Insurance for Nurses

  1. What do you think about getting Insurance in case you get sued for something?
  2. Visit Anxious Sug profile page

    About Anxious Sug

    Joined: May '01; Posts: 2
    nursing student


  3. by   boobaby42
    Great idea to get your own liability insurance, even if your employer has a policy on you too.
  4. by   Jenny P
    Carry your own malpractice insurance for your own piece of mind. It's worth the $89-104/ year just to know that you won't lose everything if you are involved in a lawsuit. And no, families DON'T go after only the people with insurance; if something goes wrong and you are involved, they can still come after you no matter how poor you are if they are angry enaough.
  5. by   purplemania
    The facility where you work probably does not cover you if YOU are negligent. Good reason to have your own ins. I got mine thru homeowner's as add on to that policy
  6. by   KlareRN
    Every practicing licensed nurse should cover themselves with their own malpractice insurance. Facilities cover you while you are employed by them- but alot of times the lawsuits do not make it through the paperwork phase until you have moved on to somewhere else. Until today-I was to testify in Federal Court about a gentleman that fell and broke a hip a year and a half ago. (I was DON in the facility until about 9 months ago). I got a call at 3pm today that it was settled out of court. The trial was tomorrow!!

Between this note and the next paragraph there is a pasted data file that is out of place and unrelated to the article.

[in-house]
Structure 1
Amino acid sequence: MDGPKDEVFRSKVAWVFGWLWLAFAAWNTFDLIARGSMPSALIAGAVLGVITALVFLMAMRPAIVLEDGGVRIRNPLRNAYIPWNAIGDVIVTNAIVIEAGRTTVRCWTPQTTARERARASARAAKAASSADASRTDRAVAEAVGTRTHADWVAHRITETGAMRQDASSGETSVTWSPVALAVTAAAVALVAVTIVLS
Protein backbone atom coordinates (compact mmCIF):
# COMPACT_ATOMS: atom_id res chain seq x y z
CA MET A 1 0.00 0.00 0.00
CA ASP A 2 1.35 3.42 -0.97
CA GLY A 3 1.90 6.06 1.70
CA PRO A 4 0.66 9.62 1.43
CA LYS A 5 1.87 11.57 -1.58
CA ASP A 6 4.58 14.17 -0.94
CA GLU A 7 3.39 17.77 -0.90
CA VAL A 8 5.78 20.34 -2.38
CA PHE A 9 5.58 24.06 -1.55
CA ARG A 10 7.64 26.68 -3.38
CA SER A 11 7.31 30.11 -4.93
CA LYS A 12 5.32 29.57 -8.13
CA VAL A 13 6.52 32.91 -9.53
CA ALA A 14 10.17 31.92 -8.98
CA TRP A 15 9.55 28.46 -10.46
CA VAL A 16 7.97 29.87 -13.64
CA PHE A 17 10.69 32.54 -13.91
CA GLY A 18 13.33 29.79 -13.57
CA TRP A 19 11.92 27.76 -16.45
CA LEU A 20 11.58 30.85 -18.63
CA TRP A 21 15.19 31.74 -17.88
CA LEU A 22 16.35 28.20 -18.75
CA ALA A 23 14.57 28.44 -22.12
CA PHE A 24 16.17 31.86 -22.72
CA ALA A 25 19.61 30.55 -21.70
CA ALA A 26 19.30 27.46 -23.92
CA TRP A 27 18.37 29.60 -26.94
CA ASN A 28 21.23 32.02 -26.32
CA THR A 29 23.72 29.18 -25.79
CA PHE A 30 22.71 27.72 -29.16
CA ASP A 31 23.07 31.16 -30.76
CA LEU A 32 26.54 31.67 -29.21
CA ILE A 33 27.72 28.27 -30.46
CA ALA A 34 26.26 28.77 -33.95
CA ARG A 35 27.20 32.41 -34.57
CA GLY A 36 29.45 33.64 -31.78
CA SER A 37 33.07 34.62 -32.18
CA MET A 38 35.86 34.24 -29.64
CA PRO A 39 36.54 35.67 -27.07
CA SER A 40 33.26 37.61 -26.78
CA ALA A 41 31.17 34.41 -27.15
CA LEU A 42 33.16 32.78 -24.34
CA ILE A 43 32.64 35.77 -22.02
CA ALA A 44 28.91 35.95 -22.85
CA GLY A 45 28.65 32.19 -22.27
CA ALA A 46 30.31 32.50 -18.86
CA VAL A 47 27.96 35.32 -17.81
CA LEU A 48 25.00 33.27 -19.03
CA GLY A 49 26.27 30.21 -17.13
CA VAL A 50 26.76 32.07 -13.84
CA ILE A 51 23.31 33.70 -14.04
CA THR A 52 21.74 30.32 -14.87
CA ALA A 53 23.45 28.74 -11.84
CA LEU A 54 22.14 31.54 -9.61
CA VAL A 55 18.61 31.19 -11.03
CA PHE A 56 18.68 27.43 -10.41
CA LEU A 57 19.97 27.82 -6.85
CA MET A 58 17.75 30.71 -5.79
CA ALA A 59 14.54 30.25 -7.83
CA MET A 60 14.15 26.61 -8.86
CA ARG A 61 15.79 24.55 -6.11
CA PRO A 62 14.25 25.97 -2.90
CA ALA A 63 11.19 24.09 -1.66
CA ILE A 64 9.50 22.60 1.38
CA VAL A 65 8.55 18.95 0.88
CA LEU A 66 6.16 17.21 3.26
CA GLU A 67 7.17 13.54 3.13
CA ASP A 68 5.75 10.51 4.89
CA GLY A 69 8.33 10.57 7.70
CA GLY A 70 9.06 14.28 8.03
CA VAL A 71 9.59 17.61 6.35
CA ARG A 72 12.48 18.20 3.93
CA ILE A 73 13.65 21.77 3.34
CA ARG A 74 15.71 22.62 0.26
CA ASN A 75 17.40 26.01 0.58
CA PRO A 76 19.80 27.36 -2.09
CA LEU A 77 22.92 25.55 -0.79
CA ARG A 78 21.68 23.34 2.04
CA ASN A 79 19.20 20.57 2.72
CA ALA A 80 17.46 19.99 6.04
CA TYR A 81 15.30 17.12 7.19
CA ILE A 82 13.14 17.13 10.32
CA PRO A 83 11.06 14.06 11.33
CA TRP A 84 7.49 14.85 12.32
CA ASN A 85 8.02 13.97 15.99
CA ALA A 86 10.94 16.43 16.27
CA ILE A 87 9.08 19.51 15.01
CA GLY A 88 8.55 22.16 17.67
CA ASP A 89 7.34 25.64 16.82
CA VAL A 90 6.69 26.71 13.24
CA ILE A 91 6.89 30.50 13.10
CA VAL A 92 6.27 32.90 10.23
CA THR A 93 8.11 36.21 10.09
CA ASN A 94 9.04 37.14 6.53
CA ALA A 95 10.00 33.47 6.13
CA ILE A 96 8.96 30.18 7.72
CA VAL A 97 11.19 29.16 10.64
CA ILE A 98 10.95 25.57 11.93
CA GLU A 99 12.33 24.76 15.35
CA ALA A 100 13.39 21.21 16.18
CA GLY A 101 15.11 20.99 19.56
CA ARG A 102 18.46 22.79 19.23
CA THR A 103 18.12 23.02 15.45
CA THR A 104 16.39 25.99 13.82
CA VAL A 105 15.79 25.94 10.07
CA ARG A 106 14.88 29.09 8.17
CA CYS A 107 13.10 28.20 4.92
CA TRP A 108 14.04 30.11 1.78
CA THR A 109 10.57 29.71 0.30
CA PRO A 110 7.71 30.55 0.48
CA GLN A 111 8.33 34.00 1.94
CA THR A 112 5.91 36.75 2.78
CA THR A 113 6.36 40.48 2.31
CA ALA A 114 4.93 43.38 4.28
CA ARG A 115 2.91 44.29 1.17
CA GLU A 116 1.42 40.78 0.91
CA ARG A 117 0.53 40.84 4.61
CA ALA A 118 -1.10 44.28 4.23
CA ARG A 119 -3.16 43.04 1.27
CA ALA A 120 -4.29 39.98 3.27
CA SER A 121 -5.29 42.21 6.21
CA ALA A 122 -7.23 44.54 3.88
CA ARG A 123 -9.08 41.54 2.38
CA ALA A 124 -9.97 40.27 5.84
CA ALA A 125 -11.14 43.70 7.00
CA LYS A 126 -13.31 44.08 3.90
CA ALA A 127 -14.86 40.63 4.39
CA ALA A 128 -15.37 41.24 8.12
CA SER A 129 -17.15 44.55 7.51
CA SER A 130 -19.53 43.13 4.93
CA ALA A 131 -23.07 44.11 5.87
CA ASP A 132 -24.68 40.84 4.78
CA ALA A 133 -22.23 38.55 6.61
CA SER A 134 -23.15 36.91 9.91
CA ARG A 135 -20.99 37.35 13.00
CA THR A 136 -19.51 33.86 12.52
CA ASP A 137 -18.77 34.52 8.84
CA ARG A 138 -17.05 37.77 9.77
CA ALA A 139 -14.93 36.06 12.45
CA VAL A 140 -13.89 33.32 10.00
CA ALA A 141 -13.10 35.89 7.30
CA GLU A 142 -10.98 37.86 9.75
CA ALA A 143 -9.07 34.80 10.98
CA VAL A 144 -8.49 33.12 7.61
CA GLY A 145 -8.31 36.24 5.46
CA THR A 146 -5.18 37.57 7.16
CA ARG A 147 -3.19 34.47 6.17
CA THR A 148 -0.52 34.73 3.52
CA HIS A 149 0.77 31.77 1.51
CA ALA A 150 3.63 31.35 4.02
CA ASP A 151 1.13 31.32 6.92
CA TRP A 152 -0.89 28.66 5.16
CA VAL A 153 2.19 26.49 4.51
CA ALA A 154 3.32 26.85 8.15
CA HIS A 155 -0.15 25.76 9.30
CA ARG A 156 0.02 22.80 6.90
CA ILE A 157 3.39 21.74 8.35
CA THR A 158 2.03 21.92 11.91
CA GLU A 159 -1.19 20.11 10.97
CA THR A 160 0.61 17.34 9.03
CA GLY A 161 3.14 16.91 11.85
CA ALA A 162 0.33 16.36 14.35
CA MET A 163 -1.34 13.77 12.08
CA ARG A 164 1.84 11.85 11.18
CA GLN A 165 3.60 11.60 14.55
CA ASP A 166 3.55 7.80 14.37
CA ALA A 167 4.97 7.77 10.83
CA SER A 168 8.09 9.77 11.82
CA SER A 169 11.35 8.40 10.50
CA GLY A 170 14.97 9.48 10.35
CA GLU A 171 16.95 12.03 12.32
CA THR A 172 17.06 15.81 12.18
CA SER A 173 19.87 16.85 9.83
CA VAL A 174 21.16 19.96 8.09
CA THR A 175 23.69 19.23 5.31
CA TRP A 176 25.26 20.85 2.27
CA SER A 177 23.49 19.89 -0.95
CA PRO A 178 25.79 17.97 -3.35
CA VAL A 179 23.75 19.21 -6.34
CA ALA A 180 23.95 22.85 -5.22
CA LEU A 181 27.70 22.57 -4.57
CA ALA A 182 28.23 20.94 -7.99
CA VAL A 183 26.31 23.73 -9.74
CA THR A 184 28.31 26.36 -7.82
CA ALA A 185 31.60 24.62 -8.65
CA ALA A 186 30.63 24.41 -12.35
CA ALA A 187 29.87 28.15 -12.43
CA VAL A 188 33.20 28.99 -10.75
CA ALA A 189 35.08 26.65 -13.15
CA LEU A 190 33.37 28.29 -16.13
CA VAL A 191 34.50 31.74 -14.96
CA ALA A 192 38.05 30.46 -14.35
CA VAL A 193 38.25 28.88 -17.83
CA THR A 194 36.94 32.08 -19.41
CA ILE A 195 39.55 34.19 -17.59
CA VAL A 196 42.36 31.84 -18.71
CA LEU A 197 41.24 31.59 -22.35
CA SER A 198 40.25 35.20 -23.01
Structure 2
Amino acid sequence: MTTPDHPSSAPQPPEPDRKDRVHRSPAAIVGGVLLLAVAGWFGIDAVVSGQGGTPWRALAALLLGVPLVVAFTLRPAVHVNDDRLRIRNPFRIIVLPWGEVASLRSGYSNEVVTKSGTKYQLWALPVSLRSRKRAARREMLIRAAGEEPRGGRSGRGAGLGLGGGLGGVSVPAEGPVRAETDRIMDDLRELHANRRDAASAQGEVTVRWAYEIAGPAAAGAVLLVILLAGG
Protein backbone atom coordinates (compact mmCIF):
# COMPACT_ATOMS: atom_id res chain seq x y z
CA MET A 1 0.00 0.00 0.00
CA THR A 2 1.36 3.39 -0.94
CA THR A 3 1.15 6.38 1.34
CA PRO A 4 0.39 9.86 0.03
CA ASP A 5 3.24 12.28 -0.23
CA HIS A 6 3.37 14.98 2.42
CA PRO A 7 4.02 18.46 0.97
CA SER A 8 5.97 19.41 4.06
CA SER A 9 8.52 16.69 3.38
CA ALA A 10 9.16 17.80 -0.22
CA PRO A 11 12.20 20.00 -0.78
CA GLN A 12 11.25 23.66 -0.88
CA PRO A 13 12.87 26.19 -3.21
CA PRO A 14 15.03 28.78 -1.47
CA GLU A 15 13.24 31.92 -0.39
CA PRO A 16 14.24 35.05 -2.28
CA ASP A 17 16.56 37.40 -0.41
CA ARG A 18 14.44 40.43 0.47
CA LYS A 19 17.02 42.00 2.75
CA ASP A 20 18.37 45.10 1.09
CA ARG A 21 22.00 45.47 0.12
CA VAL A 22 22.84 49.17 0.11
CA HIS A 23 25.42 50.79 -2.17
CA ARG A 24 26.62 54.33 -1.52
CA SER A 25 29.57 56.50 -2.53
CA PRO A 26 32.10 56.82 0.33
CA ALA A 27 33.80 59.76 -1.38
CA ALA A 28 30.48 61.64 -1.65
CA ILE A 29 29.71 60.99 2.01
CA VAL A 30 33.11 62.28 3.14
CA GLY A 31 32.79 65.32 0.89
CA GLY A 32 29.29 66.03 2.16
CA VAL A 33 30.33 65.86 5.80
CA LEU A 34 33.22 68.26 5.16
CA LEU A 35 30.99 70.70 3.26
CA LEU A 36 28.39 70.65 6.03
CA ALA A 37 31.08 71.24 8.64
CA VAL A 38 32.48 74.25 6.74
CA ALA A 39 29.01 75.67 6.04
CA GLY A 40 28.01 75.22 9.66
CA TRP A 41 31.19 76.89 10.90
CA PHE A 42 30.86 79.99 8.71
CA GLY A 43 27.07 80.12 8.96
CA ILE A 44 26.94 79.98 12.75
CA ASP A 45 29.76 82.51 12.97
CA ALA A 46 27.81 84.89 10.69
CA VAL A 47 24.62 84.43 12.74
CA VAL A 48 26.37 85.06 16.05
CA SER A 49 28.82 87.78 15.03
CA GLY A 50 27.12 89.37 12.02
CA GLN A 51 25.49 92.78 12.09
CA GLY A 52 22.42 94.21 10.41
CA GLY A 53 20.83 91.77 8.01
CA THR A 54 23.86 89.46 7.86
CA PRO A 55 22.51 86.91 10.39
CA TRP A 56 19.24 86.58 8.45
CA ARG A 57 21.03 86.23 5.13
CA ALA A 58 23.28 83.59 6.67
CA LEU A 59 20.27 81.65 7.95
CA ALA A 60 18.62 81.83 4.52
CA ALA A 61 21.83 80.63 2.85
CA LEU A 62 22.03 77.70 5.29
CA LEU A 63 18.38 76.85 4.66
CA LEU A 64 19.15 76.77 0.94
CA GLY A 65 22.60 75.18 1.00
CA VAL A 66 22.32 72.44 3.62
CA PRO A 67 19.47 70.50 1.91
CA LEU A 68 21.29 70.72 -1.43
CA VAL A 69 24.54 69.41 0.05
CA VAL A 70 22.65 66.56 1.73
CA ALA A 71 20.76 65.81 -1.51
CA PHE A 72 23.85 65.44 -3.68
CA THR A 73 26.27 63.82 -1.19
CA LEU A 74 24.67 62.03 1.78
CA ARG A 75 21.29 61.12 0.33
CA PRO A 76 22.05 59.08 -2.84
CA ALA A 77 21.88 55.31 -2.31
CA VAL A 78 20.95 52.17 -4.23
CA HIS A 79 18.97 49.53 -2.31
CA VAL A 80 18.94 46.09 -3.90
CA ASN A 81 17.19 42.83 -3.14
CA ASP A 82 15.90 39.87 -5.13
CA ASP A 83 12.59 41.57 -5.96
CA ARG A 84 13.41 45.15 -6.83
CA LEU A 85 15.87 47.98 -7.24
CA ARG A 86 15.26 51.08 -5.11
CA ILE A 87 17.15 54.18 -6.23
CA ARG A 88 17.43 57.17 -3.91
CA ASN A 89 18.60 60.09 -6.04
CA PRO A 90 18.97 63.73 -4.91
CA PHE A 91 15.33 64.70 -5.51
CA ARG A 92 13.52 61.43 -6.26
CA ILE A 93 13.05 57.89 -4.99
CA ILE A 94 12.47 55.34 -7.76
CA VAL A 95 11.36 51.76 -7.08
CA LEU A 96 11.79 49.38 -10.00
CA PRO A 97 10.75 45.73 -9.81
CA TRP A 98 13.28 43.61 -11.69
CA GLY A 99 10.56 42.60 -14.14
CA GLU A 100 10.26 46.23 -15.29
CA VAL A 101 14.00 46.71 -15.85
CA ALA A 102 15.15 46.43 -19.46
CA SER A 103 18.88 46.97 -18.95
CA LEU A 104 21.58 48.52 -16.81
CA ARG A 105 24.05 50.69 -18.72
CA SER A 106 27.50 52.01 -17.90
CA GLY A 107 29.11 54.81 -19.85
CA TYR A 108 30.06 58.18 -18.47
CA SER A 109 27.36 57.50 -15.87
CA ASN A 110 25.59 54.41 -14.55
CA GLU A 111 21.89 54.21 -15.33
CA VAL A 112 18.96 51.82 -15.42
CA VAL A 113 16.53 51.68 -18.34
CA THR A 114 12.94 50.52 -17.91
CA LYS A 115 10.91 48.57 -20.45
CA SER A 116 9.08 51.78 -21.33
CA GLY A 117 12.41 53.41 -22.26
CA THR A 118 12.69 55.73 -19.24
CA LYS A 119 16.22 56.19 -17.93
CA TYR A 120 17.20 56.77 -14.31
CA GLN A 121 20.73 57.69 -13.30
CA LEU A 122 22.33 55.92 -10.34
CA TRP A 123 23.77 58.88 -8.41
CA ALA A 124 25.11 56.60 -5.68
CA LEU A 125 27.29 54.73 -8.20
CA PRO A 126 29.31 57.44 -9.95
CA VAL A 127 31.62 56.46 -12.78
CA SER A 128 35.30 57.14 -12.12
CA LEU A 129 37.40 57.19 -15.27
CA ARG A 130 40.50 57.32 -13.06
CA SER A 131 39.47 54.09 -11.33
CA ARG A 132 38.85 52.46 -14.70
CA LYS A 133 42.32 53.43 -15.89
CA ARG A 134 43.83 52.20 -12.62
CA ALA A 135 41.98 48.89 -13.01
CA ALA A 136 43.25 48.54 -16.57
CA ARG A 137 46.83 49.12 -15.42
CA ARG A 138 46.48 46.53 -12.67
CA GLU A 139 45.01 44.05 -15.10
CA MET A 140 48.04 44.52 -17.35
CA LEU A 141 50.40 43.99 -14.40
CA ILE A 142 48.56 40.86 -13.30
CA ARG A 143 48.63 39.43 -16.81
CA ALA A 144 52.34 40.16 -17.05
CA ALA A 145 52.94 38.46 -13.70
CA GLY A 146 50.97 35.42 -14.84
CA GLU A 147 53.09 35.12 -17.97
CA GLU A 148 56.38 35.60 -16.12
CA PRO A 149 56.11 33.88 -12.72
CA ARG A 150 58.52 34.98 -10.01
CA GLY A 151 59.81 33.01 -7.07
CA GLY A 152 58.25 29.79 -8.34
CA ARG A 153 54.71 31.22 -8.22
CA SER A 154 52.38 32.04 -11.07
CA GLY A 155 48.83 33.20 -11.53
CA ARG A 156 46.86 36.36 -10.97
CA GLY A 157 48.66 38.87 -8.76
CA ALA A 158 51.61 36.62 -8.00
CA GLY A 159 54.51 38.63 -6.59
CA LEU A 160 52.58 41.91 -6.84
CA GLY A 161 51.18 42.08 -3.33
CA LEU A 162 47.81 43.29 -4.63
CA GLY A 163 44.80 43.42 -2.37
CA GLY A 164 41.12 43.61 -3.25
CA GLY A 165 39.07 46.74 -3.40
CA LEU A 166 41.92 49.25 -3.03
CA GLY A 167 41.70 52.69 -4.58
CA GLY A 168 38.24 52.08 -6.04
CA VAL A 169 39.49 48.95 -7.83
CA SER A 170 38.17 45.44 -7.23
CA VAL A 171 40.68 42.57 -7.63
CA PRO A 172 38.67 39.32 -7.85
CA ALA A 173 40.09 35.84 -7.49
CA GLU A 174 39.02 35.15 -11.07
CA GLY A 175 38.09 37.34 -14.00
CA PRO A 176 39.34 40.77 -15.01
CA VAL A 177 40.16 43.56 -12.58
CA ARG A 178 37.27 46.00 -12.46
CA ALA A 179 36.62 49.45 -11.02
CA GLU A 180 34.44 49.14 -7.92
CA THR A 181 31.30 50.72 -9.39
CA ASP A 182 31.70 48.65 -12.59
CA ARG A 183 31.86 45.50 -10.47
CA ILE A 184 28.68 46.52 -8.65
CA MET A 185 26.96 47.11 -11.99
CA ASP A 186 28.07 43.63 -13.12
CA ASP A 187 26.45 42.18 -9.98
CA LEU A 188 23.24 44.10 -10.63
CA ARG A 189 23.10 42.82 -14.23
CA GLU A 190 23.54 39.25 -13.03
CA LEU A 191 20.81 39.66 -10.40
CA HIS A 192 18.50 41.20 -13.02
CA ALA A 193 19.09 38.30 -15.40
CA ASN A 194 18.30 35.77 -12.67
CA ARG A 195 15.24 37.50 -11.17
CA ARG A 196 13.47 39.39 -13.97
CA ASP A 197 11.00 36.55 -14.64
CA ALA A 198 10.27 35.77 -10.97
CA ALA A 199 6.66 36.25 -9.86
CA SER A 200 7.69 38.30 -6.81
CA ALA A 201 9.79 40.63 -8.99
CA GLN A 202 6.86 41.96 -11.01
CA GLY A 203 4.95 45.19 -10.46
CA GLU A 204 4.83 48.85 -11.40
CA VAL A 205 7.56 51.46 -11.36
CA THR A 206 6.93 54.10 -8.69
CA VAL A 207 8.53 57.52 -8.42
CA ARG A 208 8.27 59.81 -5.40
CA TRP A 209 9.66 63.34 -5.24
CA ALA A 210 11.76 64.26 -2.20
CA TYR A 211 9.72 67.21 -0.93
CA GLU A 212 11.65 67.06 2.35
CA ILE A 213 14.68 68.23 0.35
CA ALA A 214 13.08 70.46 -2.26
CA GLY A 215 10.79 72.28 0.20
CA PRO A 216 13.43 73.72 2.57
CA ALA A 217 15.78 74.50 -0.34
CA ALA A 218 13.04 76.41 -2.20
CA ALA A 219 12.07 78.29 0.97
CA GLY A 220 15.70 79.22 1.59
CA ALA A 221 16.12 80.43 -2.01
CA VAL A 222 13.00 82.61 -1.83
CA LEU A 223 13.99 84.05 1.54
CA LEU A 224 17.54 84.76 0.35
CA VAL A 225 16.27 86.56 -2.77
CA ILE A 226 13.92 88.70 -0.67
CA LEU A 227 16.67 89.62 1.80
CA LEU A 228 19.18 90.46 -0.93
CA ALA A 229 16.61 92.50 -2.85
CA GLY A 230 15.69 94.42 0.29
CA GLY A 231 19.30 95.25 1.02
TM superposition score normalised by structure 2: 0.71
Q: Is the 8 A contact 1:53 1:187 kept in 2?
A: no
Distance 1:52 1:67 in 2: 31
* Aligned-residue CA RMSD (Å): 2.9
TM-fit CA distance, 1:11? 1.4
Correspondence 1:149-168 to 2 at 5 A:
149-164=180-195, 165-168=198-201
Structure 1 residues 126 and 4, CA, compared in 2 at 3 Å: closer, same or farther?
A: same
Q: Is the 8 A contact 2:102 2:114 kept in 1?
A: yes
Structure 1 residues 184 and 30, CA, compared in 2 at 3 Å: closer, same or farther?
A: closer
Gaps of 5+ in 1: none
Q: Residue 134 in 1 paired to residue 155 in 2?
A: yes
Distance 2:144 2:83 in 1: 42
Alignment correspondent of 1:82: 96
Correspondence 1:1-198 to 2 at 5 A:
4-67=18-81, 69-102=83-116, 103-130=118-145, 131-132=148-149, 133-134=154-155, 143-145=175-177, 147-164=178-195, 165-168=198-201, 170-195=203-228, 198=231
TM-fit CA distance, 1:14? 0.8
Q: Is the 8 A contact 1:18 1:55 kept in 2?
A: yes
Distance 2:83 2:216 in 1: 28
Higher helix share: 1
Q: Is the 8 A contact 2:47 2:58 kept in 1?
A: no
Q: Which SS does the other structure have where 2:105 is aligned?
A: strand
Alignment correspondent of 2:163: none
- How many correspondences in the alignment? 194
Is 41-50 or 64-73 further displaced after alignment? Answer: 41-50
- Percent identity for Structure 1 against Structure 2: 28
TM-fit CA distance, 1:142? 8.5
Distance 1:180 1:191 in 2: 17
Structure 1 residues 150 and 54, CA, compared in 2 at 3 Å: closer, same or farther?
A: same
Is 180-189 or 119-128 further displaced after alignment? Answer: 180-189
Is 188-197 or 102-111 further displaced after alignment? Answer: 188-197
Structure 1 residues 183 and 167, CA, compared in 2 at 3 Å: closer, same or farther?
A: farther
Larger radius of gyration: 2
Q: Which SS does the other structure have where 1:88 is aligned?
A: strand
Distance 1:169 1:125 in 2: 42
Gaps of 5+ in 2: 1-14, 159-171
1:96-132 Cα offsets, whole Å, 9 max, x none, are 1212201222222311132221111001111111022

More and more attorneys are advertising to represent pts and families in malpractice suits against not just the facility- but also the actual caregivers. In the above mentioned suit- the man that fell was only a resident in the facility for 12 days...I didn't even remember what he looked like!!!

    Never rely on your facility to provide an attorney (you may want to chose your own anyway) or to cover any settlement for you. I do some legal consulting and cannot emphasize enough how important it is for you to cover your own behind. Never do anything that you have to stop and question yourself about. (i.e. "This dose seems high", "I've never seen it done like this before", "This could have a negative effect", etc...) If you are asked to do something that you are not comfortable with- you have the right to refuse to do it and request that your supervisor or even the ordering physician do it. You cannot legally be terminated for using your "best professional nursing judgement."

    Attend all the seminars and workshops about documentation that you can. Even if you only walk away with one tip on legal documentation- it is worth your time.

    Enough lectures- please get your own insurance!!!

  7. by   CEN35
    scroll!!! there have been many threads on this topic in the past.